Most Americans rely on their employers for health insurance, so promoting flexible LTC plans to Americans (known as section 125 plans and commonly referred to as “cafeteria,” “benefit” or “flex” plans) would be a natural fit for employers. Similar to 401(k)s, flexible LTC plans, when offered as part of an employer-sponsored benefit plan, allow employees to pay for benefits on a pre-tax basis and to reduce their salary by the amount of the premium for the benefit. Unlike health insurance, the policy is portable, so it goes with the employee when they leave their employer and the premium remains the same. Policies sold in the group market offer preferred underwriting, so the policy is guaranteed issue to the employee.
Allowing LTC insurance the same advantages as other insurance products offered under section 125 plans creates a win-win situation with cost savings for both the employer and the employee. Since federal income and FICA taxes are calculated on an employee’s salary, the employee’s taxes are reduced and the net cost of the benefit is lower. Since employers match employee FICA contributions, flex plans also reduce an employer’s outlay for FICA.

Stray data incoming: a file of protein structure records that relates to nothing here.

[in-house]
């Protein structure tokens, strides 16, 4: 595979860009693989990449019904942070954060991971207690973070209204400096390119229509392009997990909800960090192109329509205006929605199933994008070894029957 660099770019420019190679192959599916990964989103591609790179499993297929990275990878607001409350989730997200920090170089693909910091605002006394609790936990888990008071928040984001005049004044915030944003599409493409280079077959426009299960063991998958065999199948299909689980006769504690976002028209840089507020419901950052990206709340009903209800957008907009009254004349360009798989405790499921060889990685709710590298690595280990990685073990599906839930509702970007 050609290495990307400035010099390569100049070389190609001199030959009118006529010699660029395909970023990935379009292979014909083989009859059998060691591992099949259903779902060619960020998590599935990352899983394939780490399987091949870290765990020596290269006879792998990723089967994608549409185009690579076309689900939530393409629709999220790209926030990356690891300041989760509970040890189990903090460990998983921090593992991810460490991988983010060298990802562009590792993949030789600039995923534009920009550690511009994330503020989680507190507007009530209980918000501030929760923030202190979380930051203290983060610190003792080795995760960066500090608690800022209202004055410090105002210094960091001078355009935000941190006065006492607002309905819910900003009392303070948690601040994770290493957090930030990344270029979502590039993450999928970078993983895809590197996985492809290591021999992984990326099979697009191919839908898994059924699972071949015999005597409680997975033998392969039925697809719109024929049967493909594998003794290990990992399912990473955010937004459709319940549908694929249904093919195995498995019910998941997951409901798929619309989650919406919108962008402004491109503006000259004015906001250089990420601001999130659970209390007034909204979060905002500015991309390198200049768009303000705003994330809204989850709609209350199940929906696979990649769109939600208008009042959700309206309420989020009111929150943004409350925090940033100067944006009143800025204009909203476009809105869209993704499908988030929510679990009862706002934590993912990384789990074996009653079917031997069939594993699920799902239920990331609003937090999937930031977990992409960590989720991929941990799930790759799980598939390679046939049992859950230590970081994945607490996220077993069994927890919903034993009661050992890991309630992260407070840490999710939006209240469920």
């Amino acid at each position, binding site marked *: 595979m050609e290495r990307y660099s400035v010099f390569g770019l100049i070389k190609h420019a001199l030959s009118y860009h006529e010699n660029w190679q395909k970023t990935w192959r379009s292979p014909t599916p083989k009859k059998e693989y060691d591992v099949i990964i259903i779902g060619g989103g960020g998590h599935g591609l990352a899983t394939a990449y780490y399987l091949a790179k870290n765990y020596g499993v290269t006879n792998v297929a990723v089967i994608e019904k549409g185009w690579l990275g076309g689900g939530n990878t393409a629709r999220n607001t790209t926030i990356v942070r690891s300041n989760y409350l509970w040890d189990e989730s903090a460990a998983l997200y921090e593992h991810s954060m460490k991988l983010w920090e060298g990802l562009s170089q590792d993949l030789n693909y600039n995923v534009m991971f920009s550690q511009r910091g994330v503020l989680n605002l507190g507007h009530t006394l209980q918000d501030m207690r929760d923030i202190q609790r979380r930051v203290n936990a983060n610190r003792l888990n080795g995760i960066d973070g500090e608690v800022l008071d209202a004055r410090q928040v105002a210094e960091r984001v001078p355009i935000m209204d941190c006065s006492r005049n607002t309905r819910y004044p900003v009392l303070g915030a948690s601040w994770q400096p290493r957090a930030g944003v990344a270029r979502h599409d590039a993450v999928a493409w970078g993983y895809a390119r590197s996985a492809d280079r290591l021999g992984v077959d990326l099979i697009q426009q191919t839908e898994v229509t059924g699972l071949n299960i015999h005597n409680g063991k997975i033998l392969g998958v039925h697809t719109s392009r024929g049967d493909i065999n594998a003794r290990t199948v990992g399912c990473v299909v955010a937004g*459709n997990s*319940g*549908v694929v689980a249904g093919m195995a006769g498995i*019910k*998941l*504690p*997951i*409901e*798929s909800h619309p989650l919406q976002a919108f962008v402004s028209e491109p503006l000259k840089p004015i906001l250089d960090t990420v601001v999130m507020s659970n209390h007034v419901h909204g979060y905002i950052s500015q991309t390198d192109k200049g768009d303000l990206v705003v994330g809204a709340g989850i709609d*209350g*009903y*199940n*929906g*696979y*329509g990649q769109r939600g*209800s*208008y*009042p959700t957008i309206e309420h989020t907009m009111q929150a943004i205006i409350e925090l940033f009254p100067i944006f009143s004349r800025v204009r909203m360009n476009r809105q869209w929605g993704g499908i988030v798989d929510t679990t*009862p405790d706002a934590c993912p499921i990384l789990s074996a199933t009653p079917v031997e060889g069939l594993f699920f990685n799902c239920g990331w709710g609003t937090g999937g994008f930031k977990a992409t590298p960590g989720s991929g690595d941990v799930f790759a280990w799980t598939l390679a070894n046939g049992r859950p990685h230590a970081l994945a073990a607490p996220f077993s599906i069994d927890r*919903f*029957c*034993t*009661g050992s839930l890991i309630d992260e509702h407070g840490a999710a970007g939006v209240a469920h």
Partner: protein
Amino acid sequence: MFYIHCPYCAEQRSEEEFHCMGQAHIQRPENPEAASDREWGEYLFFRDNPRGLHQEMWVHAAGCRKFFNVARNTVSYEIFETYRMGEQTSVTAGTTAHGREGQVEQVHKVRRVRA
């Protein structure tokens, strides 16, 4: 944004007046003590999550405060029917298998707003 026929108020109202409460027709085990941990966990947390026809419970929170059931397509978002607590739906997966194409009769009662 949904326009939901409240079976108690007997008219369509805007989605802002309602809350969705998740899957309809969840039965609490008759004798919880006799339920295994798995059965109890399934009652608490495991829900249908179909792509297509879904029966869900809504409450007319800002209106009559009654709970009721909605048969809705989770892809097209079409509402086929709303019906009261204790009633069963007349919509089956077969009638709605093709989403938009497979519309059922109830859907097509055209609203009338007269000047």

Also encouraging is that employees would have a choice between several benefit options and would have the freedom to withdraw cash from their accounts to pay for medical expenses. With these plans, beneficiaries can decide where their saved funds will go: whether to pay for home health care, a licensed assisted living facility, hospice care or respite care. In short, these plans allow for beneficiaries to decide how they want to spend their insurance money. More importantly, these plans would give Americans the freedom to choose where and how they want to receive their long term care.